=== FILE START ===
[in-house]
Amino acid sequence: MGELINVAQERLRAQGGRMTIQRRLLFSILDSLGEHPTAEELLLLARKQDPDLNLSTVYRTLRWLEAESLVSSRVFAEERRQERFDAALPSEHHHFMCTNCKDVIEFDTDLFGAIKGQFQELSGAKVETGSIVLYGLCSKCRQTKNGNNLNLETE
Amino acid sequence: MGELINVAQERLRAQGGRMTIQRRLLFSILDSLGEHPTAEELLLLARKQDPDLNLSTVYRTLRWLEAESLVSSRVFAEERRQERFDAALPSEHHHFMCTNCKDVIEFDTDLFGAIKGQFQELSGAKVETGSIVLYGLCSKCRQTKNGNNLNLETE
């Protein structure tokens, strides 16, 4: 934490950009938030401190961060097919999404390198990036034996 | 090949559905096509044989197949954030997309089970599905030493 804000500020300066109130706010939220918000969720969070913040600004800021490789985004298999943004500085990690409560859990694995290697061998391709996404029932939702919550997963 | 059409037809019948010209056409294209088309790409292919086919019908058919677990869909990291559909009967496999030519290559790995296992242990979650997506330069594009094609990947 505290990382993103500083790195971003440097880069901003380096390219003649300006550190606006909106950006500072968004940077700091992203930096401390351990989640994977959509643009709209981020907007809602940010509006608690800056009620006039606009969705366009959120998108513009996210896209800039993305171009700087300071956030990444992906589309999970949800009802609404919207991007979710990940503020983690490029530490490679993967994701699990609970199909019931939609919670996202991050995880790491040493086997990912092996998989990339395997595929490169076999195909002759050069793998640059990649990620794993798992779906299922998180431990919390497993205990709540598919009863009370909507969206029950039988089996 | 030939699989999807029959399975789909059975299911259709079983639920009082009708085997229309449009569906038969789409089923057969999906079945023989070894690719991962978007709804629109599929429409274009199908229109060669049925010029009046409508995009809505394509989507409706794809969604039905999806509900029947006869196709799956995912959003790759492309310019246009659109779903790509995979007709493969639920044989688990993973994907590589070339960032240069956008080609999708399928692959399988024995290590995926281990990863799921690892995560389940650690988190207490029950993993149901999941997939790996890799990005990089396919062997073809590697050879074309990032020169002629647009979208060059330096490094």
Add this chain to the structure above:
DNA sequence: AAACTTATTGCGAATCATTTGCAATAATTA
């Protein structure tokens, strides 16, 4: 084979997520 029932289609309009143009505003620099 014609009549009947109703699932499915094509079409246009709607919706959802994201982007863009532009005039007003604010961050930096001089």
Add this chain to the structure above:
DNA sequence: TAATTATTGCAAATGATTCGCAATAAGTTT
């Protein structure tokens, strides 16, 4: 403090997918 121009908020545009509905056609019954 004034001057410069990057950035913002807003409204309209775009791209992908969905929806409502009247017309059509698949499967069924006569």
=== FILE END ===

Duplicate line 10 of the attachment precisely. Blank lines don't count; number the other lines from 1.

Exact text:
């Protein structure tokens, strides 16, 4: 403090997918 121009908020545009509905056609019954 004034001057410069990057950035913002807003409204309209775009791209992908969905929806409502009247017309059509698949499967069924006569």